For more than 85 years, the Conservation and Survey Division in the University of Nebraska-Lincoln's School of Natural Resources has been home to one of the leading test hole drilling programs in the country.
Geologist Tracy Frank has earned respect from many of her colleagues at UNL and across the nation -- demonstrated by her recent election to the 2015 class of Geological Society of America Fellows.
A new guide released by UNL's Conservation and Survey Division is designed to help geologists and well drillers consistently catalog geologic material encountered during the drilling of water wells and shallow test holes. The guide features photos for rock corresponding cuttings to assist with accurate identifications.
Twelve years ago, geologist Matt Joeckel went to Happy Jack Chalk Mine near Scotia, Nebraska to do some digging. "The project started out as a service call," Joeckel said. That service call led to a discovery that was millions of years in the making.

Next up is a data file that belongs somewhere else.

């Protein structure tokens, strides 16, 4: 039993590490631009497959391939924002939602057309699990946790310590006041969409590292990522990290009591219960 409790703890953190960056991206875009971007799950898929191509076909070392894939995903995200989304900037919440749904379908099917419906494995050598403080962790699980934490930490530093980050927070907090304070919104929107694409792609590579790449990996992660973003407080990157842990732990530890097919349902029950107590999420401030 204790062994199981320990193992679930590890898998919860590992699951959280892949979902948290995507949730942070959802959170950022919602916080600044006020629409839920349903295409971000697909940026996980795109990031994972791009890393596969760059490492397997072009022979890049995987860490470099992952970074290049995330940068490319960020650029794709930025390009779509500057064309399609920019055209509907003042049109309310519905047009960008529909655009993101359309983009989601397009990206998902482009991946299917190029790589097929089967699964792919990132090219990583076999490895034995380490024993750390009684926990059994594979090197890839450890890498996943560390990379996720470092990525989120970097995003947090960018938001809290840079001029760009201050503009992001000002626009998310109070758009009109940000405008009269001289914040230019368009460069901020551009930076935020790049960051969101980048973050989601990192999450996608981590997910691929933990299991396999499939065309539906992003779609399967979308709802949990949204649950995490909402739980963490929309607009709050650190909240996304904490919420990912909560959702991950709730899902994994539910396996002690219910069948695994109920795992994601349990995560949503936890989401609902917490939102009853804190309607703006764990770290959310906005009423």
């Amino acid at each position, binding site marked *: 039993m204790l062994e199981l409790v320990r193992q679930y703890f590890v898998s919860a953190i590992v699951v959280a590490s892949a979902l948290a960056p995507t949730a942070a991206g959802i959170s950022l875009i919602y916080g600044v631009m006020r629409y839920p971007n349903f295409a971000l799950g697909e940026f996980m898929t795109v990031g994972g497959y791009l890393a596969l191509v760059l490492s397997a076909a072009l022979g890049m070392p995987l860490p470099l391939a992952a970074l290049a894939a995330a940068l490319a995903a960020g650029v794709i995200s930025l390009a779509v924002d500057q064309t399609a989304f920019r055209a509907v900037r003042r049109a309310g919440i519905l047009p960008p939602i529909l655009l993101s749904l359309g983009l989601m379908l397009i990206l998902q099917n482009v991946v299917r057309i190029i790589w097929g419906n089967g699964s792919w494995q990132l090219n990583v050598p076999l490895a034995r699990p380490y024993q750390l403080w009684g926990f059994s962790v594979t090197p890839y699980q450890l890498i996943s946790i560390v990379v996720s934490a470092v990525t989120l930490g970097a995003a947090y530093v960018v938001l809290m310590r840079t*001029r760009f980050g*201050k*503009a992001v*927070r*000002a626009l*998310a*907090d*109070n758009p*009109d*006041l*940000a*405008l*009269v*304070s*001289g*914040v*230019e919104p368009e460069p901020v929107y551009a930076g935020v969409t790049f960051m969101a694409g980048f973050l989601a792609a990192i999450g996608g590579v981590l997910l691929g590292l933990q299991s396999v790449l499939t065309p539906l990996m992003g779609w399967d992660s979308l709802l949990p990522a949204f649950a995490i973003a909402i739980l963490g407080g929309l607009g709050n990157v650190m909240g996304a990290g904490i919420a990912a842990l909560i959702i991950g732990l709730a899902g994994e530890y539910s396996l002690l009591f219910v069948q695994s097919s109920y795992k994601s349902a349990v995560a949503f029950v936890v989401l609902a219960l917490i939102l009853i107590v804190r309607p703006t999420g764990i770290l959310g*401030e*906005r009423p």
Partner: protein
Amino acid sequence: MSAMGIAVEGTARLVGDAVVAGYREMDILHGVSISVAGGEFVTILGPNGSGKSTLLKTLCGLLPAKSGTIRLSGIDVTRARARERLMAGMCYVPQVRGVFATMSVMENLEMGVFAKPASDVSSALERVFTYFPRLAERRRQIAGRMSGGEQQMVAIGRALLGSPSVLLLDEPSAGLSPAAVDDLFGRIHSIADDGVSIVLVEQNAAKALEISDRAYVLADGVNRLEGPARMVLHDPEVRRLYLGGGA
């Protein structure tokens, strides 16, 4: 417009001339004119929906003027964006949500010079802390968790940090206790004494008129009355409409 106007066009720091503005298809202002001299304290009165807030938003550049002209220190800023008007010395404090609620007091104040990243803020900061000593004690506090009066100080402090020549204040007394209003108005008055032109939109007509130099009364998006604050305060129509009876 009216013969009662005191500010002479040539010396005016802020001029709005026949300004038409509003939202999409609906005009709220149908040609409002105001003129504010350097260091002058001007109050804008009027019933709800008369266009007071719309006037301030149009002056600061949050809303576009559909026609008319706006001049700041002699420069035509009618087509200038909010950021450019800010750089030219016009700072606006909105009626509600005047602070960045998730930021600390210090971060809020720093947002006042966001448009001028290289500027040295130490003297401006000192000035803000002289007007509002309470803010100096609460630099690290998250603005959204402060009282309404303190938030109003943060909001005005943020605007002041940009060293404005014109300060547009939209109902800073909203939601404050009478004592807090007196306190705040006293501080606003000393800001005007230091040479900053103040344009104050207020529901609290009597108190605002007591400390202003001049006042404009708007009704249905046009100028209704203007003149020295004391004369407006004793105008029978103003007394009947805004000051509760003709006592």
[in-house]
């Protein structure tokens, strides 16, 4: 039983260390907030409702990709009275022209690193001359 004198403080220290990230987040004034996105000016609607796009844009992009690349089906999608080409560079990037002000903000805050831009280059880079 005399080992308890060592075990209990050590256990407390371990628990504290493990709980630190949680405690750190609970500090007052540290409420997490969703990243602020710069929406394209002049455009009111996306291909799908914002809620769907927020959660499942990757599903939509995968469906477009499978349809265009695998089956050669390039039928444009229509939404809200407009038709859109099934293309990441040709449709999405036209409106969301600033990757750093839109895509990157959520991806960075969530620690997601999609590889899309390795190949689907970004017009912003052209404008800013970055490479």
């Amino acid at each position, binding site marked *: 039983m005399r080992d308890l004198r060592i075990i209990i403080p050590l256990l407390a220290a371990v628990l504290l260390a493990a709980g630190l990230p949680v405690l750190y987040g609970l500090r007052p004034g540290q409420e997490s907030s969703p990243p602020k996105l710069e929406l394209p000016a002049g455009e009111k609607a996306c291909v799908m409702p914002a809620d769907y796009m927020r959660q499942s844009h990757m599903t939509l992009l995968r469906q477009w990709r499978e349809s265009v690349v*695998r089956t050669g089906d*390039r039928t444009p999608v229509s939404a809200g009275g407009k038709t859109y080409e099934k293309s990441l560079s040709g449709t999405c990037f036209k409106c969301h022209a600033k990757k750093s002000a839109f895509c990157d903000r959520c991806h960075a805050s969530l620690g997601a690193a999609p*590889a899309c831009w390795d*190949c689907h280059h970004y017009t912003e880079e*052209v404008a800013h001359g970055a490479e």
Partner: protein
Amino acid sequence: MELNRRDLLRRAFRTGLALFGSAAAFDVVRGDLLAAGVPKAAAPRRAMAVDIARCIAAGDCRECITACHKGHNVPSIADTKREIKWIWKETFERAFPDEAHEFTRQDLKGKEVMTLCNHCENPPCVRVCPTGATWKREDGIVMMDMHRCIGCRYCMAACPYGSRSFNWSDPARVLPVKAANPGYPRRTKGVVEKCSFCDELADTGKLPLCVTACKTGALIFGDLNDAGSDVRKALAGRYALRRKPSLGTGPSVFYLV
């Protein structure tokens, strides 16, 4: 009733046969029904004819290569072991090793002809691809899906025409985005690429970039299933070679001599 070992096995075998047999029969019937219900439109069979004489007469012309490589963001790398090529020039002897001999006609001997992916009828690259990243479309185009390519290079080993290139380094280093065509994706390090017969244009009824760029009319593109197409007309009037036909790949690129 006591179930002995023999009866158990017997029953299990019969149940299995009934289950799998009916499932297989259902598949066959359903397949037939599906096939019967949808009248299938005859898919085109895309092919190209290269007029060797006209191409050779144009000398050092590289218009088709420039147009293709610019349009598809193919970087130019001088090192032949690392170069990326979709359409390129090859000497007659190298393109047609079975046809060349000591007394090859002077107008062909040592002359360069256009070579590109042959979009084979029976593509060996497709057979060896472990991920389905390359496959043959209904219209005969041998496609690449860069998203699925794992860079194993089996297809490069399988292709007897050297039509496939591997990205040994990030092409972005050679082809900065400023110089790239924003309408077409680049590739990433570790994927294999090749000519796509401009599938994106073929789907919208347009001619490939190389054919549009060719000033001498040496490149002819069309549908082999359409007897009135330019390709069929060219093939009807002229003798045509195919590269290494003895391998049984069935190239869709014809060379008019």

The north-central section meeting of the Geological Society of America will take place on April 24-25 in Lincoln. Several representatives from UNL's School of Natural Resources and the Conservation and Survey Division are involved with the two-day event.
UNL paleoclimatologist Sherilyn Fritz is project coordinator for a large multidisciplinary team of North and South American scientists that recently won a five-year, $4.4 million Frontiers in Earth-System Dynamics grant from the National Science Foundation. The researchers will study how climate and geology interact to shape biodiversity in the Amazon and Andean forests through time.
Matt Joeckel, professor and geologist in the School of Natural Resources, will present "Everything You Wanted to Know about Rocks but Were Afraid to Ask" at 7 p.m. Nov. 19 in the Hardin Hall auditorium. The seminar is free and open to the public.